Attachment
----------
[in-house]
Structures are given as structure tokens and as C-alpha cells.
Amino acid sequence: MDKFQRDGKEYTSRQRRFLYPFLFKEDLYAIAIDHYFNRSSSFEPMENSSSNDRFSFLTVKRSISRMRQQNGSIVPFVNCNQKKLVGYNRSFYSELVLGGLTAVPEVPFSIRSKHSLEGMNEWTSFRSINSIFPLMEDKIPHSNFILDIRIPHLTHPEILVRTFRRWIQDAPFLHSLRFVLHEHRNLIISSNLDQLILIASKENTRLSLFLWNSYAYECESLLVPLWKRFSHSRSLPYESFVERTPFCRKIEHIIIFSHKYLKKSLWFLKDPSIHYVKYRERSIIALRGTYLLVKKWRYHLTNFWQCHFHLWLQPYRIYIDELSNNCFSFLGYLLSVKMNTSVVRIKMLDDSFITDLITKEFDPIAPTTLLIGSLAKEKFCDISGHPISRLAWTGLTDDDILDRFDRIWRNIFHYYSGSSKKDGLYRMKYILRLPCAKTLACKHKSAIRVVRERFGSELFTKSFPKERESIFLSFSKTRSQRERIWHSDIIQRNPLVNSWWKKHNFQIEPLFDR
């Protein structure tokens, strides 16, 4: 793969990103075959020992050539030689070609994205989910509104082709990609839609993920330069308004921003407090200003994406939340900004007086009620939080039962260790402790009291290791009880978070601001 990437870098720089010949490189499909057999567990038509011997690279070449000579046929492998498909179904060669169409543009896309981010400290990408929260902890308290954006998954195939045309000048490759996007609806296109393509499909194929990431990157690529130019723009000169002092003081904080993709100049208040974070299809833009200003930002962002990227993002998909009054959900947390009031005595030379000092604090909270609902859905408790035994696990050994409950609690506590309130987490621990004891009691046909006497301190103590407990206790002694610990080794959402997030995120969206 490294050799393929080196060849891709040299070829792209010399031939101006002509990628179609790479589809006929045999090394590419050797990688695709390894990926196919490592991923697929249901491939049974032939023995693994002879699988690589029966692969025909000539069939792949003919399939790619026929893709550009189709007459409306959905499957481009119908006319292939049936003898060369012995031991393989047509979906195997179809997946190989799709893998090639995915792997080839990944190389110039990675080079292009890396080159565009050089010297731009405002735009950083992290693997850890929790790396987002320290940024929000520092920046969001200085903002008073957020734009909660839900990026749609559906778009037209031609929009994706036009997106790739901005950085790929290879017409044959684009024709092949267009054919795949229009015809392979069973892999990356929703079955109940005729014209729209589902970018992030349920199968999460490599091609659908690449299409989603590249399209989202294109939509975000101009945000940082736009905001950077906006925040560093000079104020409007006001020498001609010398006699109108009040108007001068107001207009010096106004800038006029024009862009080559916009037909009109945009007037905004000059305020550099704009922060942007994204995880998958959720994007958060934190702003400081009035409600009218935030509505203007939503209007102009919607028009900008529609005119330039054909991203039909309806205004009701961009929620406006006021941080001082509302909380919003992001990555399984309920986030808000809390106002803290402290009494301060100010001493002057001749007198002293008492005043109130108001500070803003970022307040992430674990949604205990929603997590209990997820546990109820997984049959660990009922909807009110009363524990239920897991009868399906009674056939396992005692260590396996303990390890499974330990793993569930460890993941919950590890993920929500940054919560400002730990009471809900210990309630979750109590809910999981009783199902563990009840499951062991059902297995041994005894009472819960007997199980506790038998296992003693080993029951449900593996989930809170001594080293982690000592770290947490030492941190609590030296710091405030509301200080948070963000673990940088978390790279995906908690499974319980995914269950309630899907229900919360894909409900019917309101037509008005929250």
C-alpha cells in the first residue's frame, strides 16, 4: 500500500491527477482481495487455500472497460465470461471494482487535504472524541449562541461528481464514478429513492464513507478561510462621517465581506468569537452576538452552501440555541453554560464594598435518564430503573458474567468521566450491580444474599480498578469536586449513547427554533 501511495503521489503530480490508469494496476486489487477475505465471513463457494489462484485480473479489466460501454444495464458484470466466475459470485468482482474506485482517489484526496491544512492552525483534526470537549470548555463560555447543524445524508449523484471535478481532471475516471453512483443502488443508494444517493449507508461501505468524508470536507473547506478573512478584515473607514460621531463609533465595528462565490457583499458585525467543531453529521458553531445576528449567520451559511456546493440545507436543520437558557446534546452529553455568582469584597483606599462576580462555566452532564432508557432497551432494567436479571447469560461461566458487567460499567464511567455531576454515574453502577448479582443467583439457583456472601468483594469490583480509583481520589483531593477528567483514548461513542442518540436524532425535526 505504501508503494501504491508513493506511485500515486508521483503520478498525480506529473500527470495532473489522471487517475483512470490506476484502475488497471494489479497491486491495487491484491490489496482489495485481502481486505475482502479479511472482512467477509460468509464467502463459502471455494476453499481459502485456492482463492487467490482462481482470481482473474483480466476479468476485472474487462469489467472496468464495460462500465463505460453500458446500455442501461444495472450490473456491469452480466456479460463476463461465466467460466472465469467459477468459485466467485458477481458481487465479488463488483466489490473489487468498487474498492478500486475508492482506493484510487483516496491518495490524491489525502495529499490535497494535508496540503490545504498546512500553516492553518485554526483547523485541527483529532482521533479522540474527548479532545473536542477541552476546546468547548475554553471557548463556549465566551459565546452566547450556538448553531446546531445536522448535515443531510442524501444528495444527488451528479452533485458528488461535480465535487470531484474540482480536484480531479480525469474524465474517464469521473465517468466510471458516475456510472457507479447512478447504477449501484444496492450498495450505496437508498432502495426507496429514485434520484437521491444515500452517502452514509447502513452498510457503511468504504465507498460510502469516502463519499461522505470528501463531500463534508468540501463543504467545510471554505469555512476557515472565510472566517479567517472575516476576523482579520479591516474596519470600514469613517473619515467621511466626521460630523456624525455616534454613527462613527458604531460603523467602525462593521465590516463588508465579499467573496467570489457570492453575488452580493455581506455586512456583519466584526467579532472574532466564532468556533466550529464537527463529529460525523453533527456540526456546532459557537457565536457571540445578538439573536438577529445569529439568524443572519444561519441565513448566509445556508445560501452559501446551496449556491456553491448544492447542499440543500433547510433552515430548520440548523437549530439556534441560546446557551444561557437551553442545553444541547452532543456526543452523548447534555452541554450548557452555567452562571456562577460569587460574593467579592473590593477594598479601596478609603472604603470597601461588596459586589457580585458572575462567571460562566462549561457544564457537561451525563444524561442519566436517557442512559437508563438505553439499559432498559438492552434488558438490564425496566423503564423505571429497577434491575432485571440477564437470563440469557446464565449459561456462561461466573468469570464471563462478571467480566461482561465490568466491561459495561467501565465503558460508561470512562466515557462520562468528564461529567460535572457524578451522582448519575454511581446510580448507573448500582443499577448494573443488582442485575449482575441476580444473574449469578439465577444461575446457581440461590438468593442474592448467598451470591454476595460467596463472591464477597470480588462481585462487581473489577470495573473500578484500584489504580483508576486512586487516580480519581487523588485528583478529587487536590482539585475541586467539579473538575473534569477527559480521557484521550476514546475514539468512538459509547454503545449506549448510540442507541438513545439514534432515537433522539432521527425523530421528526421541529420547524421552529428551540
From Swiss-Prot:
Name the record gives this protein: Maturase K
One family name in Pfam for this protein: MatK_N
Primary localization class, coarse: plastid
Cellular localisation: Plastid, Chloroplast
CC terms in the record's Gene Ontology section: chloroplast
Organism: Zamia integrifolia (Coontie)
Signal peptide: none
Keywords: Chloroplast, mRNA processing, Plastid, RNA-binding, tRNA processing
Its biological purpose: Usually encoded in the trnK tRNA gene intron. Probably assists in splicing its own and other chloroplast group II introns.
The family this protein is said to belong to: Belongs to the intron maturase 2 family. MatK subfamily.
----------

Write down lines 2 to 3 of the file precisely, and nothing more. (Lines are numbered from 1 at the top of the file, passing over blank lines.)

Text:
Structures are given as structure tokens and as C-alpha cells.
Amino acid sequence: MDKFQRDGKEYTSRQRRFLYPFLFKEDLYAIAIDHYFNRSSSFEPMENSSSNDRFSFLTVKRSISRMRQQNGSIVPFVNCNQKKLVGYNRSFYSELVLGGLTAVPEVPFSIRSKHSLEGMNEWTSFRSINSIFPLMEDKIPHSNFILDIRIPHLTHPEILVRTFRRWIQDAPFLHSLRFVLHEHRNLIISSNLDQLILIASKENTRLSLFLWNSYAYECESLLVPLWKRFSHSRSLPYESFVERTPFCRKIEHIIIFSHKYLKKSLWFLKDPSIHYVKYRERSIIALRGTYLLVKKWRYHLTNFWQCHFHLWLQPYRIYIDELSNNCFSFLGYLLSVKMNTSVVRIKMLDDSFITDLITKEFDPIAPTTLLIGSLAKEKFCDISGHPISRLAWTGLTDDDILDRFDRIWRNIFHYYSGSSKKDGLYRMKYILRLPCAKTLACKHKSAIRVVRERFGSELFTKSFPKERESIFLSFSKTRSQRERIWHSDIIQRNPLVNSWWKKHNFQIEPLFDR